NJ47 over Grassy Sound (Cape May)​

NJ47 over Grassy Sound (Cape May)​.

Following the RFP for the NJDOT’s 2021-2024 Bridge Resource Program, CAIT has been selected as one of the award recipients and will provide ongoing engineering and research support to the agency’s Division of Bridge Engineering and Infrastructure Management. The BRP is aimed at preserving bridges in the state, enhancing the condition of key transportation infrastructure, and developing new technologies to help engineers build with resilience in mind.

With a diverse team of partners from academia and industry, Rutgers Center for Advanced Infrastructure and Transportation (CAIT) was awarded the New Jersey Department of Transportation (NJDOT) Bridge Resource Program (BRP) for 2021-2024.

Through this program CAIT and its affiliated researchers will help NJDOT strengthen and maintain its bridges and structural assets in a state of good repair while also developing innovative tools and practices that account for resilience and address pressing transportation needs that the Northeast region is facing today.

The research team is led by Dr. Perumalsamy Balaguru, distinguished professor; Dr. Sougata Roy, associate research professor; and Dr. Franklin Moon, professor of civil and environmental engineering; at Rutgers University. The team also includes regional academic partners from Rowan University and New Jersey Institute of Technology (NJIT), and industry partners WSP, GPI, and others.

Pictured is an overlay of bridge lidar data.

“We have assembled a diverse team with numerous capabilities and experiences that will help us effectively address the needs of NJDOT and all core objectives of the BRP,” said Dr. Roy, who assembled the project team and coordinated the winning proposal. “Led by Rutgers CAIT, the team possesses a deep understanding of bridge engineering practice and bridge asset management, extensive experience in load capacity assessment, world class technical expertise, institutional knowledge, a proven track record of innovation and technology transfer, unique facilities and equipment, and effective and efficient management approaches that are unmatched.”

Over the course of the four-year project period, NJDOT identified more than 20 tasks that researchers will be addressing — ranging from technology transfer and workforce development activities to the creation of new approaches to infrastructure preservation and asset management.

The research being conducted under the BRP generally falls into three core areas. First, researchers will ensure that NJDOT meets MAP-21 legislation requirements for risk and performance-based asset management. They will evaluate the agency’s program for bridge and structural asset maintenance, rehabilitation, and replacement.

This will include assisting the agency with developing an innovative model for predicting deterioration, developing methodologies for risk-based prioritization of work, and measuring performance through analysis of data and key metrics as required by MAP-21, among other tasks. One ambitious task is to develop a model-based data extraction method for bridge assets from both textual and graphical information leveraging data mining and image recognition techniques and integrating them with visual models of the assets for efficient management.

Another area of research focus is optimizing preservation of the state’s bridge and structural assets within available funds. The research efforts will focus on evaluating complex and non-complex bridges and structural assets within NJDOT inventory to meet continually changing demands and conditions. Through laboratory, field, and computational studies, the team will investigate innovative materials and emerging technologies that can help improve design, construction, maintenance, and repair of bridges in the state in a cost-effective manner.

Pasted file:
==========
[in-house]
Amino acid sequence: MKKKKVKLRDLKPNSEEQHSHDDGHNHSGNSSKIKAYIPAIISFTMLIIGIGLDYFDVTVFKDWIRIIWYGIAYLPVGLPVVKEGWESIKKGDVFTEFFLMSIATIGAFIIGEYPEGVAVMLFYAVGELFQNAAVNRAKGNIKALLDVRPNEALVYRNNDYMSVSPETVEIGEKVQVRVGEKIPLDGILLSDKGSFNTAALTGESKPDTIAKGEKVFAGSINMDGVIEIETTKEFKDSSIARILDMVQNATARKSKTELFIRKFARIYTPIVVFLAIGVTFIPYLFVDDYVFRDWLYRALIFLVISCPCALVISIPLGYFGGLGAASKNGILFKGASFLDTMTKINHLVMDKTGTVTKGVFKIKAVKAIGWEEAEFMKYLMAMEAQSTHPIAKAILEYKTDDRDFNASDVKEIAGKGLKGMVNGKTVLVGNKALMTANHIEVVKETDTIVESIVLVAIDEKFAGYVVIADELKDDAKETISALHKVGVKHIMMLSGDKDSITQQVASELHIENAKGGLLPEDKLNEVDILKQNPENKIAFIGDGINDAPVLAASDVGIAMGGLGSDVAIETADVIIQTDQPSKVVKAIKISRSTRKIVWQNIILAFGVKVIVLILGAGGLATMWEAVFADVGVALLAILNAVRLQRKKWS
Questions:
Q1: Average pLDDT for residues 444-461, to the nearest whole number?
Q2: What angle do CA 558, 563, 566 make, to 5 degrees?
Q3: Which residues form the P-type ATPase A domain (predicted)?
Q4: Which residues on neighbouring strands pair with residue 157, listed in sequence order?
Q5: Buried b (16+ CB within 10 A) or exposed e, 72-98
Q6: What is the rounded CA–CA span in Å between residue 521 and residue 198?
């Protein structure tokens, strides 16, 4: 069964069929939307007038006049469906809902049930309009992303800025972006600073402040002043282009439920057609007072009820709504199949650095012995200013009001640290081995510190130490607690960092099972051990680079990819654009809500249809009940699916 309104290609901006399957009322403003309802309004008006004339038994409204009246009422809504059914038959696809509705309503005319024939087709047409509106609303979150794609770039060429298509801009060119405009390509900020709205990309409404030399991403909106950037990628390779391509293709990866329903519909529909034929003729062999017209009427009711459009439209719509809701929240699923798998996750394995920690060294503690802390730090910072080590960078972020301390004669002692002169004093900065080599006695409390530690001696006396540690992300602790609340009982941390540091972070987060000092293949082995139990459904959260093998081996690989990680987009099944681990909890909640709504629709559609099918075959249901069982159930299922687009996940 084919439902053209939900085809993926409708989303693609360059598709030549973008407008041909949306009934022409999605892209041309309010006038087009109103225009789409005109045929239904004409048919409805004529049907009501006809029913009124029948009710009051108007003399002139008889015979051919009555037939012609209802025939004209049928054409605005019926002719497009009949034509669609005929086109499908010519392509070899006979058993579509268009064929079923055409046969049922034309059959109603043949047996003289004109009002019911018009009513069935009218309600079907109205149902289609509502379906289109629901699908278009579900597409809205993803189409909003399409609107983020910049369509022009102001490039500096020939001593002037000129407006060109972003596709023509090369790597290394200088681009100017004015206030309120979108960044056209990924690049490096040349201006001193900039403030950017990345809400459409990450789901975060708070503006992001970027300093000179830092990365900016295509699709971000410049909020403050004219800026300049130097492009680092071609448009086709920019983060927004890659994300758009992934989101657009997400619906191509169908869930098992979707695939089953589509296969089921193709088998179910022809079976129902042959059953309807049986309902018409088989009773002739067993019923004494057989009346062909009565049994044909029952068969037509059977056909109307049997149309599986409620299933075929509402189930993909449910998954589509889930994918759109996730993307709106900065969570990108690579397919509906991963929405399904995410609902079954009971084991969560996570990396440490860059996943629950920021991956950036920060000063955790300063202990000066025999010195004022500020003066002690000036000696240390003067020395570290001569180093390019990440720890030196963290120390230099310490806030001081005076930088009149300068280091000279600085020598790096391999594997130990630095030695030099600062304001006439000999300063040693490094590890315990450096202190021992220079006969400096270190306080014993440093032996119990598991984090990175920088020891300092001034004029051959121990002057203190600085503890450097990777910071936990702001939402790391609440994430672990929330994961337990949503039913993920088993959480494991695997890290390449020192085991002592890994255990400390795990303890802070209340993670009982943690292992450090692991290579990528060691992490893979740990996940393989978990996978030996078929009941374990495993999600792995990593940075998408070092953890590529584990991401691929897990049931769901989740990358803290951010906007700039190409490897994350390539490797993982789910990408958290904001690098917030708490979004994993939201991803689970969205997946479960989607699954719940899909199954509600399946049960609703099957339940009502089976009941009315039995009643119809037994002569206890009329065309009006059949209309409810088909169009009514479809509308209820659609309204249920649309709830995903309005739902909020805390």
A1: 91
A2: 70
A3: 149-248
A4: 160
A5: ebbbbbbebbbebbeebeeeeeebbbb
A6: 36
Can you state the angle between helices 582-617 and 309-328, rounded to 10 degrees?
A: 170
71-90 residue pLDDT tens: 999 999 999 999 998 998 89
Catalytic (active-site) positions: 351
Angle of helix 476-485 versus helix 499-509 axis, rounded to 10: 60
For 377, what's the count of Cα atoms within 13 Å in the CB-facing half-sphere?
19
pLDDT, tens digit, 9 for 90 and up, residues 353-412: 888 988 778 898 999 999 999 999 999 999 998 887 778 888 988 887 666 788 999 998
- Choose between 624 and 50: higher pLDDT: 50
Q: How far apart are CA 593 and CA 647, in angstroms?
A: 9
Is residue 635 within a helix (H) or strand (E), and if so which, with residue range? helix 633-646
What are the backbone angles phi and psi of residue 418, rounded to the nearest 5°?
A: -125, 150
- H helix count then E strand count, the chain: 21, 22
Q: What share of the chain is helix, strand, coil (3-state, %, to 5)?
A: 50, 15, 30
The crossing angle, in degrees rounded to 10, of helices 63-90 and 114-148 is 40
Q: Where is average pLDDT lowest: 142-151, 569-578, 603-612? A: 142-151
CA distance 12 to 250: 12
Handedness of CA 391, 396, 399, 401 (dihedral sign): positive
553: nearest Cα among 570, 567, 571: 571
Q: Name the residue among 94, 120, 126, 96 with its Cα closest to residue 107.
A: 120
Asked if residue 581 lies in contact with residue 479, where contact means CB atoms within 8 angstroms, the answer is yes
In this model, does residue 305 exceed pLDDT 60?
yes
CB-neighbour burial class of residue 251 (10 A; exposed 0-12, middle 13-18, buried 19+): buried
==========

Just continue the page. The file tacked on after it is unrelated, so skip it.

“When it comes to preserving key infrastructure, today’s asset owners need accurate life-cycle information that considers the issues of ever-changing demands and deferred maintenance, accounts for resilience, and plans ahead for the impacts of climate change,” Dr. Roy said.” The BRP provides us an important opportunity to support NJDOT with innovative research that can help the agency make more informed construction, design, and maintenance decisions.”

Researchers will also be assisting with developing policies and standards for safe and cost-effective preservation of assets, based on the research conducted and new technology and developments throughout the program.

THMPER bridge testing device.

THMPER bridge testing device.

From implementing new quality assurance procedures for construction projects to maintaining and updating guidelines of standards and best practices, the team will assist the agency in making sure research results are used and have real-world impacts.

In addition to these research efforts, the Rutgers CAIT team will utilize its vast domestic and international network and resources — including the Region 2 USDOT University Transportation Center — to provide on-call services to NJDOT, helping them address any unforeseen challenges with ongoing design, construction, and maintenance activities. Researchers will also provide workforce development training courses for NJDOT personnel — helping enhance their capabilities and stay up to date with evolving knowledge.

“With our combined expertise and resources, we have the ability to complement and strengthen NJDOT’s research efforts, helping the agency preserve state bridges and structural assets in a state of good repair,” Dr. Roy said. “We look forward to continuing to collaborate with NJDOT and developing innovations that meet the goals of the BRP and support transportation infrastructure in the region.”